Making a real contribution

Making a real contribution

Jessica Compton - Empowering leadership and positive change

The opportunities and experience you can gain on a practical activity, both internationally and domestically, have no equal.

Jessica Compton
Bachelor of Arts – Psychology with Bachelor of Health, 2014

Making a real contribution

As a double-degree student, I was fortunate to participate in two PACE (Professional and Community Engagement) activities at Macquarie – one overseas and one locally.

My international placement was in India, based in Delhi and Jaipur at a non-government organisation called Pravah. Pravah works towards reducing social and economic inequities through the promotion of active youth citizenship. It works with young people from privileged backgrounds in a series of deep self-awareness workshops that take students on a journey of self to society action.

My role was to co-facilitate workshops with young people and help with information days at universities. A highlight was attending an ‘exposure camp activity’ where children from private schools and slum orphanages spent the day together learning about one another and breaking down social barriers.

My local placement was carried out in Sydney at Ku-ring-gai Council. I designed, developed and delivered workshops promoting health and wellbeing for a group of Year 10 students undertaking work experience. The workshops were held each day over a week in conjunction with activities that promoted environmental sciences.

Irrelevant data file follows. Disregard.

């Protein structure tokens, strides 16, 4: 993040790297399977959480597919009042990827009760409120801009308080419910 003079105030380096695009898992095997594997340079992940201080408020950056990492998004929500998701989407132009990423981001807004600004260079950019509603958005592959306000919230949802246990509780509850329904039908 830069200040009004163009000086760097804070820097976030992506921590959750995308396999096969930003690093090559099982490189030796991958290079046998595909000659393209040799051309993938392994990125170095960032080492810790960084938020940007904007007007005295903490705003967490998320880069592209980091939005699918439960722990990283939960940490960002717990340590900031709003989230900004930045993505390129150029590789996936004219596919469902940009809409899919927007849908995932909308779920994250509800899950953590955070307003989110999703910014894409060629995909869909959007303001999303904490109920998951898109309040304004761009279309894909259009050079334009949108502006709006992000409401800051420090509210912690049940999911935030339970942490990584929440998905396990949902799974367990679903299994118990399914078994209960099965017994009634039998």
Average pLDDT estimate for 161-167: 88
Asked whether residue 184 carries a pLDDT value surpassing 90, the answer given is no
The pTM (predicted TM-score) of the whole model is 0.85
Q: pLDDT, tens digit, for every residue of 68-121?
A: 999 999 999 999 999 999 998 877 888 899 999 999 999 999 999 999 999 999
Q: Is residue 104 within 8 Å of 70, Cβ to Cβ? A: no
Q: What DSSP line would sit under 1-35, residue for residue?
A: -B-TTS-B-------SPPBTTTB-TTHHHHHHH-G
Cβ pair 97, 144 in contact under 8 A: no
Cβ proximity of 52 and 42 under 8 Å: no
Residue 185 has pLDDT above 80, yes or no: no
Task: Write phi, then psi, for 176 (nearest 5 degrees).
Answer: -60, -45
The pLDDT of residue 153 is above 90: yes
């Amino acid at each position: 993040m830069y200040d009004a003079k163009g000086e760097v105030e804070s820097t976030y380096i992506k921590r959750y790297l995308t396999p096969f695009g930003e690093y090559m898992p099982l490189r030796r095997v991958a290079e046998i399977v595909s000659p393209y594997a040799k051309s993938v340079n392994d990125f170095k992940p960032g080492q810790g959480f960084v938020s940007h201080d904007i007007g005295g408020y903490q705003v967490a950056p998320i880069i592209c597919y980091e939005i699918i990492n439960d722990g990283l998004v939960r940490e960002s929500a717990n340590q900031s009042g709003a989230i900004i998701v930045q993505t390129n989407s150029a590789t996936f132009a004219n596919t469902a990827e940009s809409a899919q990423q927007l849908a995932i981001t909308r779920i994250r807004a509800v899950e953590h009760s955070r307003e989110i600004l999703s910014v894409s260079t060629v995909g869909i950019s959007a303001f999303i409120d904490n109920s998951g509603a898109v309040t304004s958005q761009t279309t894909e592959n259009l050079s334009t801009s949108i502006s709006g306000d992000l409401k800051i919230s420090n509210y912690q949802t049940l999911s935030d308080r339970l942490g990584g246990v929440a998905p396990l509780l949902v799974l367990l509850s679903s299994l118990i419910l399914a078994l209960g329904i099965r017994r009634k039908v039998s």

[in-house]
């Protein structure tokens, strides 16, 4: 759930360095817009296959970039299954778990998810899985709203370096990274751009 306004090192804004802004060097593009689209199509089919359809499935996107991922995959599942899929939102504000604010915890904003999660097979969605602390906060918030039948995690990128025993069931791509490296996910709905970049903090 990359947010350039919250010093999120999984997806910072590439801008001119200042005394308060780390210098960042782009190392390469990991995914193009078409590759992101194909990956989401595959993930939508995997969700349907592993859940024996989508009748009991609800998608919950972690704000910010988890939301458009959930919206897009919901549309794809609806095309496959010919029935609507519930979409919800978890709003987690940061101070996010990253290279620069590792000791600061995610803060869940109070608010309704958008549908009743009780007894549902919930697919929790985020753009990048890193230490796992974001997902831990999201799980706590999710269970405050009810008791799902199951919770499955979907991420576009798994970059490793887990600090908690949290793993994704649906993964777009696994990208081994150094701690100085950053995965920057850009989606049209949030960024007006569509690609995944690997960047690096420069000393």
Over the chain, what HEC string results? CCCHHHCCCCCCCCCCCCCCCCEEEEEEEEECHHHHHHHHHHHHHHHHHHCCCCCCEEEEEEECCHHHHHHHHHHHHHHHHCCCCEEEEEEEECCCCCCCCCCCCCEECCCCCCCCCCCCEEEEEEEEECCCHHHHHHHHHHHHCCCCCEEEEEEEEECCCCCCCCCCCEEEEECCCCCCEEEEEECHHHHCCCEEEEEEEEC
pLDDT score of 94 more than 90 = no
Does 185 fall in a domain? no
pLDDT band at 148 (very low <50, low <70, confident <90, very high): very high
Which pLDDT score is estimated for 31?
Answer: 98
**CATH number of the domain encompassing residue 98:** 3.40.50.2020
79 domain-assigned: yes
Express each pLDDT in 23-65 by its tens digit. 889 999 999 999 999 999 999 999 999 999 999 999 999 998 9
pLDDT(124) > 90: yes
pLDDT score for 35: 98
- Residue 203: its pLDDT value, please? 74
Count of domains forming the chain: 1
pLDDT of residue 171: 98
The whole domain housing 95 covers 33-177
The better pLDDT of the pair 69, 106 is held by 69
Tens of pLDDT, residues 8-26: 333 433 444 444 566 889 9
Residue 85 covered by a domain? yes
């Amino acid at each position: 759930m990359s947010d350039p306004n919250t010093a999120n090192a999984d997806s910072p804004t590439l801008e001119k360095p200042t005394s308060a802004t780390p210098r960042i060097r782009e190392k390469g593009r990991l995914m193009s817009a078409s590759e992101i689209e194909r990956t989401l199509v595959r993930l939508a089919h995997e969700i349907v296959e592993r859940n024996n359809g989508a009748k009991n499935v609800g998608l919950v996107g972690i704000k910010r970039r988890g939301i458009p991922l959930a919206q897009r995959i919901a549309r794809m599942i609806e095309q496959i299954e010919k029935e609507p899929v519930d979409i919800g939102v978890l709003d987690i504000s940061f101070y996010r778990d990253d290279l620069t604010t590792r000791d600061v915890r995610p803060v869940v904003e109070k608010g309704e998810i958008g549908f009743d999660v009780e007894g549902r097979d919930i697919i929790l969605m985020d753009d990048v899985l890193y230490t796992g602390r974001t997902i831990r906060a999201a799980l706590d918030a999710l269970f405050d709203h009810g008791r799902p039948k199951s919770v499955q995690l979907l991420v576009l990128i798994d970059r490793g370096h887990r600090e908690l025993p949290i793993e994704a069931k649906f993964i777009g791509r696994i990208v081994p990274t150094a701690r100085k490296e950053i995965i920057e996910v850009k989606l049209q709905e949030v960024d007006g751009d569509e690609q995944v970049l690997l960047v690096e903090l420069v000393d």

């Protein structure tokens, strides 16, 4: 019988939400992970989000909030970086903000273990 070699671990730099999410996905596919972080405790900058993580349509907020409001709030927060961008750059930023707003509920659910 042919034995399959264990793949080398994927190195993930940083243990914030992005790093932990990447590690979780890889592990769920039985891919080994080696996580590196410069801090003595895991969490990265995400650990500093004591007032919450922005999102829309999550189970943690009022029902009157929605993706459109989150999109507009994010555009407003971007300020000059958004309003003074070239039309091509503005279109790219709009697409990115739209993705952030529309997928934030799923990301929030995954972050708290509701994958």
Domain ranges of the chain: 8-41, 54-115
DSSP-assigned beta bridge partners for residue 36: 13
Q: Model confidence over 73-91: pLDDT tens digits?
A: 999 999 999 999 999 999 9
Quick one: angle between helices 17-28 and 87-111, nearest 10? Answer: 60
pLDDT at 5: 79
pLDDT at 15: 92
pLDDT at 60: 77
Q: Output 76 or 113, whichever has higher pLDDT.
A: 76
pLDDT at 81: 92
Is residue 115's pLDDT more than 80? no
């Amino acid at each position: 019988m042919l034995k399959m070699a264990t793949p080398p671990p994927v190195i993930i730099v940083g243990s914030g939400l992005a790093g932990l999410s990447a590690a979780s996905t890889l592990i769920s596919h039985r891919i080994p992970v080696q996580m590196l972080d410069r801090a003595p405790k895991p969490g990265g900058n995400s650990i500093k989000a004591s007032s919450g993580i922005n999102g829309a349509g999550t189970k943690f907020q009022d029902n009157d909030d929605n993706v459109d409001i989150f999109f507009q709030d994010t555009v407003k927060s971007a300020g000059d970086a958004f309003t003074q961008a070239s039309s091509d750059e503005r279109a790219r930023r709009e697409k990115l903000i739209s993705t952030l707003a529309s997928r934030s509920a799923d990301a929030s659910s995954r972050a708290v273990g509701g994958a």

Collectively, the PACE activities I undertook have changed my career aspirations. I now see the potential of young people from privileged backgrounds to be powerful vehicles for making significant and meaningful contributions to society. I am compelled by health promotion across society and working towards enabling communities to live healthier lives in a more cohesive way.

Since I graduated, I’ve started my career with Red Earth, an Australian organisation that connects students with remote Indigenous homelands and communities. I’m able to contribute to the youth development space as well as Indigenous health and wellbeing – particularly in remote communities and homelands.

I continuously lean on my PACE experience and resources for my current job. For instance, all of this week, I have been developing an ethical component to the volunteer project I work with, and I have relied a lot on the PACE program to inform this. PACE has just been a gift that keeps on giving.

PACE (Professional and Community Engagement) is about far more than helping to advance your career ambitions. It also encourages and supports you to make a genuine difference in the community.

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